Sunday, December 25, 2011

My Christmas Gift (To Me)

I don't know how I missed this for so long, but the ČTK -- the Czech press agency -- has a nice big chunk of its photo archive up on the web, going back to the earliest parts of the 20th century. So if you're like me, you're going to want to do a search on "hockey," go straight to page 5197, and start browsing backward. This is really fantastic stuff, if you're a giant nerd about old Czechoslovakian hockey. The photos are all watermarked, so I won't be wallpapering with them, but they're still great -- lots of pictures of ATK Praha and Tankista and Tatra Smichov and all those myth-shrouded clubs. There's even a shot with my main man Victor Lonsmin. Seriously, this will keep me entertained for weeks. Merry Christmas everyone!

Thursday, December 15, 2011

Vacation Reading

Struck me today: this will be the first year since I started tracking that I won't hit 50 books read. I'll trade that for having read "Infinite Jest," sure, but still: end of an era.

#39 -- "Bloodlands" by Timothy Snyder

#40 -- "Czechoslovakia Since World War II" by Tad Szulc

Snyder was a friend of Tony Judt, so of course I was all over this. I'm happy to say that "Bloodlands" lives up to that connection -- it's absolutely shattering and up there with "Postwar" and "Nixonland" in the pantheon of great history books I've read in the last few years. Snyder's subject is the unhappy fate of the lands trapped between Hitler's Germany and Stalin's Soviet Union (roughly Poland, Belarus, Ukraine, and the Baltics) and parts of it were enough to (seriously) give me nightmares. That shouldn't put you off, though. It's excellent.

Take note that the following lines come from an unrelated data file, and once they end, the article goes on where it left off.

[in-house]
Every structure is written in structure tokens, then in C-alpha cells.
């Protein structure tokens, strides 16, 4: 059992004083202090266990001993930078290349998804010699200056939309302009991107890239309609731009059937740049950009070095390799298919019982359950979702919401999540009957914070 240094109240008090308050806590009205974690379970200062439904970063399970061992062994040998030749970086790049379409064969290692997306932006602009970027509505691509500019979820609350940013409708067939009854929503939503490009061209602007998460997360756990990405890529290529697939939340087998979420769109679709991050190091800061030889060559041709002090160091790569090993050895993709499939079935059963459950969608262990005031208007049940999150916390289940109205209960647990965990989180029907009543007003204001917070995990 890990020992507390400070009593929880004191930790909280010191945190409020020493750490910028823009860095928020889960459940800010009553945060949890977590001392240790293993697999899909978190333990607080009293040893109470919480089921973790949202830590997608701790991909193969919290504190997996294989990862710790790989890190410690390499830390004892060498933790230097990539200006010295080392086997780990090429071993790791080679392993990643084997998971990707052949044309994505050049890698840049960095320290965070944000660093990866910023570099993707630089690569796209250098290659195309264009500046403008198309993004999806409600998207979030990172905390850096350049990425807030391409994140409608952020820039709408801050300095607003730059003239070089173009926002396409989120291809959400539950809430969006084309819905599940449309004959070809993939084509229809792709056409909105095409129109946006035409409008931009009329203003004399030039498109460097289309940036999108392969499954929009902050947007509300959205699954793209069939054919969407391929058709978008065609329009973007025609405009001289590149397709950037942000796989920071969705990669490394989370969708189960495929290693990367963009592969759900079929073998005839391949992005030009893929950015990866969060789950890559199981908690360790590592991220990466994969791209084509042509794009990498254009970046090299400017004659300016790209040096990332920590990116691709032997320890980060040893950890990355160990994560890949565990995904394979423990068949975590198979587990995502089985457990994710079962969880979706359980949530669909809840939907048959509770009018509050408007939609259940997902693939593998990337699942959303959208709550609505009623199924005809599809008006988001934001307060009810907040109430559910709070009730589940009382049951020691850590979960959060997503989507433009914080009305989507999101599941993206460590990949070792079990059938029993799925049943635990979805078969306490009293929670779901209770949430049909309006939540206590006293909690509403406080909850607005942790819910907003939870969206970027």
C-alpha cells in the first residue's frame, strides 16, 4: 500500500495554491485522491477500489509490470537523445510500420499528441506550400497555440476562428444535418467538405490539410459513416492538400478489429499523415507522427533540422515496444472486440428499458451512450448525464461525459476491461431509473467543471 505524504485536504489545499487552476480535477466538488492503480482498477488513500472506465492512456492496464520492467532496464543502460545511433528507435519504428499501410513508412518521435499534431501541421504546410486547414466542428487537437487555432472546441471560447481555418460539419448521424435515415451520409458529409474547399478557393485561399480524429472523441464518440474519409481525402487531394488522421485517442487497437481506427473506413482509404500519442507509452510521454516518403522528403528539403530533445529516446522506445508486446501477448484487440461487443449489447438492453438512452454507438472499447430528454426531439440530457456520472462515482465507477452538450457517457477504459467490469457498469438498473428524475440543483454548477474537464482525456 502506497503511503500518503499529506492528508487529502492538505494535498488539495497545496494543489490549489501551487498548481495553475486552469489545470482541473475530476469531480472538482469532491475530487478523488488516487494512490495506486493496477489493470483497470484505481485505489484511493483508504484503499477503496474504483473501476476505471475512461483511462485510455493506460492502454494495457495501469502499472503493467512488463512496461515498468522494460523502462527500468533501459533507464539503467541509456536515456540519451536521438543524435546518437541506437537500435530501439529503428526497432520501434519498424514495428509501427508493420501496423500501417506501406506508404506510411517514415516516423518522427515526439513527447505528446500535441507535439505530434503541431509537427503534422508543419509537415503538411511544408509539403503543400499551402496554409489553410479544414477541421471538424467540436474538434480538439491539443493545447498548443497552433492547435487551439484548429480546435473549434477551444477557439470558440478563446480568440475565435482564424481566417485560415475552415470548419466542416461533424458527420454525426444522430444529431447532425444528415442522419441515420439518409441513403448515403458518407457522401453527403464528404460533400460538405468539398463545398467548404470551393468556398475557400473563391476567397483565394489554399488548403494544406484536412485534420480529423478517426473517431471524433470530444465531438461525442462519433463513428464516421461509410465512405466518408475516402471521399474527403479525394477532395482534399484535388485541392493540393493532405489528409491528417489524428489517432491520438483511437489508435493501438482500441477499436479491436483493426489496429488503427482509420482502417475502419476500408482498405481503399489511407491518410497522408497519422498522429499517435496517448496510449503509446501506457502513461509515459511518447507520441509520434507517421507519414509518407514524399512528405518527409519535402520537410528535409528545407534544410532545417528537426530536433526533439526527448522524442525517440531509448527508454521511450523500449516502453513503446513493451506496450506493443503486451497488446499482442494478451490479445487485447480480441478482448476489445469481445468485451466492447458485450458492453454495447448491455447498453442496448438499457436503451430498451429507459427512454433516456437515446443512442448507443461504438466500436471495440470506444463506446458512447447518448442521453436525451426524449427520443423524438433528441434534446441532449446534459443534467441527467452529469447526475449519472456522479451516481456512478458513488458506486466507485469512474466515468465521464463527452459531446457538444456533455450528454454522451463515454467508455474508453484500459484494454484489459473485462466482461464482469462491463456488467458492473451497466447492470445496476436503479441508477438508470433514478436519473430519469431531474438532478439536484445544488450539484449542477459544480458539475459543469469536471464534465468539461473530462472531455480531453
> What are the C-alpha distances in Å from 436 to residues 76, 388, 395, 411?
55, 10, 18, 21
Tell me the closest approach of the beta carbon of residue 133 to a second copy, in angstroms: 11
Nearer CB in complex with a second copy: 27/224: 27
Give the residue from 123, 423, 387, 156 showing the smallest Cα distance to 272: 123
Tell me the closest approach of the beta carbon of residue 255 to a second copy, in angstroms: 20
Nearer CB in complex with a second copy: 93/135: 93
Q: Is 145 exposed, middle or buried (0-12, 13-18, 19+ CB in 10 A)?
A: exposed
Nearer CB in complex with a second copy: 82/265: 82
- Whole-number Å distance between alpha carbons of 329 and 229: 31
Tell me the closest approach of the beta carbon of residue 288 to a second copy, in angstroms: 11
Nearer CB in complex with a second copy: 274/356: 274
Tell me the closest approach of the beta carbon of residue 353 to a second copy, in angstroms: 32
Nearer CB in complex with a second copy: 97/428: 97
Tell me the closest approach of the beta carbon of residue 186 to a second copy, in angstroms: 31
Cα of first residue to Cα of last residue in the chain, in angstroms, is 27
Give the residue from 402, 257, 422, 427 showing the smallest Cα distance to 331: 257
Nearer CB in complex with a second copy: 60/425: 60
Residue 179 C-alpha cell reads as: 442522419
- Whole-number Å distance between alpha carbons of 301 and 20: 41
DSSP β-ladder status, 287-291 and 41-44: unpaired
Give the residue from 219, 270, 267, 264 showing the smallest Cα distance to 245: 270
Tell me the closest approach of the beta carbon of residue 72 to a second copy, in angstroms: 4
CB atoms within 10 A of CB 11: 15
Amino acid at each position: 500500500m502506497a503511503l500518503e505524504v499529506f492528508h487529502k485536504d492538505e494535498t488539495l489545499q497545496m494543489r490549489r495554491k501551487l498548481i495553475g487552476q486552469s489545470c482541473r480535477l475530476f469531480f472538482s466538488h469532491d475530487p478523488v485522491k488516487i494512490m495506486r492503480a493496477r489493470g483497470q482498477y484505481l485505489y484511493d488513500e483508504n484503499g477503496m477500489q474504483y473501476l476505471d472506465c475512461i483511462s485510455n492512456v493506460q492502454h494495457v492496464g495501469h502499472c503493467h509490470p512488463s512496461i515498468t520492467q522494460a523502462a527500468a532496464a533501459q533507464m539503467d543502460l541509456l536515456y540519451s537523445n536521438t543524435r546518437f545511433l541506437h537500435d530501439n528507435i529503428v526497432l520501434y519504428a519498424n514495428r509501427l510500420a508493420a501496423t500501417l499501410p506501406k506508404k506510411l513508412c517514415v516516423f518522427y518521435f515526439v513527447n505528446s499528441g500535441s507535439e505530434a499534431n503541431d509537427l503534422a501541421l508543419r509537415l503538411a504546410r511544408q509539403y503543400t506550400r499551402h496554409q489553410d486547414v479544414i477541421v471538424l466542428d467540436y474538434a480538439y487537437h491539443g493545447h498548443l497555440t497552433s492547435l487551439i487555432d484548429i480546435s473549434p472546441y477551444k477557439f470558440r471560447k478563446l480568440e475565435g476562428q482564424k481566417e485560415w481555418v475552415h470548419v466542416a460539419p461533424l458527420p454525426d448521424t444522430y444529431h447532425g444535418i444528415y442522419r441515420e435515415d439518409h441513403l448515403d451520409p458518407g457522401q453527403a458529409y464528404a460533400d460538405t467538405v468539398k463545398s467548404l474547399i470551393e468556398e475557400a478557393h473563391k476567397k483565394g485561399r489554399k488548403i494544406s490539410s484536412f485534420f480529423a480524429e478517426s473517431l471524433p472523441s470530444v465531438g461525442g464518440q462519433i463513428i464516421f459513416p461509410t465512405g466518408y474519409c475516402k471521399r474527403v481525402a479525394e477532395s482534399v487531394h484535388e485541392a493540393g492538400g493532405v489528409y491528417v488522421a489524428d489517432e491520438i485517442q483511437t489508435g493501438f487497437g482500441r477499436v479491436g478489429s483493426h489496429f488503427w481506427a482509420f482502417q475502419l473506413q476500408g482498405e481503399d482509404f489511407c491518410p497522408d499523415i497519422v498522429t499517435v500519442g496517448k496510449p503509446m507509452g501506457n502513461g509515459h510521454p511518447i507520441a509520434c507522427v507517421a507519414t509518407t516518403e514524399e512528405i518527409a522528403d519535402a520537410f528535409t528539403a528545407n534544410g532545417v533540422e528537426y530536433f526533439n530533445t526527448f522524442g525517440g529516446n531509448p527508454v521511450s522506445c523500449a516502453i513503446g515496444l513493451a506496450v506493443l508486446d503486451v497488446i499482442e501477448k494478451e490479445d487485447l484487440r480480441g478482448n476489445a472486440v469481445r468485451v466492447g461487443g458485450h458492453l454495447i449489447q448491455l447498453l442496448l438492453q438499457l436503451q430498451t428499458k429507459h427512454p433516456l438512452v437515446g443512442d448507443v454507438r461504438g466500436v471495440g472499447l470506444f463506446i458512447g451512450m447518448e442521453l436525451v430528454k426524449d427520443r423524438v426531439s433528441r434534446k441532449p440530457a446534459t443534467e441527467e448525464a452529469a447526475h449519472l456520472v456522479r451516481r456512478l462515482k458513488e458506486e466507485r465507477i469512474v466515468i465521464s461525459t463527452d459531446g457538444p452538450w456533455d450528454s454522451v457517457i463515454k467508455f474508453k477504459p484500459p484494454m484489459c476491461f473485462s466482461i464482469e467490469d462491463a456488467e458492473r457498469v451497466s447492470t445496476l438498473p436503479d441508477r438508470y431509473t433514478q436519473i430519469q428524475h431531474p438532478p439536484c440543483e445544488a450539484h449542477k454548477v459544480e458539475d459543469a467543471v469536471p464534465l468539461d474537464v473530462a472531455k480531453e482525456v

Szulc's book is an old used bookstore find. There is a surprising lack of good works on the Prague Spring and the Soviet invasion -- this is one of the best, and it's pretty flawed. Some of that is unavoidable; it was published in 1971 and lacked a lot of material that came out later. But much could have been better; despite the title, you'd be forgiven for thinking not much happened between about 1950 and 1965. (There are also some basic errors, including (gasp) a hockey error.) It picks up considerably once it gets to the events of 1968, at which point it discovers the urgency the rest of the book lacks. In the absence of a "Twelve Days"-style retelling of the invasion, this may be about as good as it gets.

Wednesday, December 14, 2011

Colorado State of Mind

Back in the homeland for a few days. I don't think the temperatures have crept above 40 since I arrived, so much of my oohing and ahhing over the state's natural beauty comes from the vantage point of my parents' couch rather than outdoors. My brain's a bit mushy, and I've already aborted two would-be posts (you missed out on what I think about Tim Tebow, so devote some time today to thinking about bullets you've dodged). In lieu of that, check this: footage from a 1959 World Championships match between Czechoslovakia and Canada. My guys are in dark and doing well here, though they ended up third behind Canada and the Soviets. Whoever posted this is some kind of hero of the universe.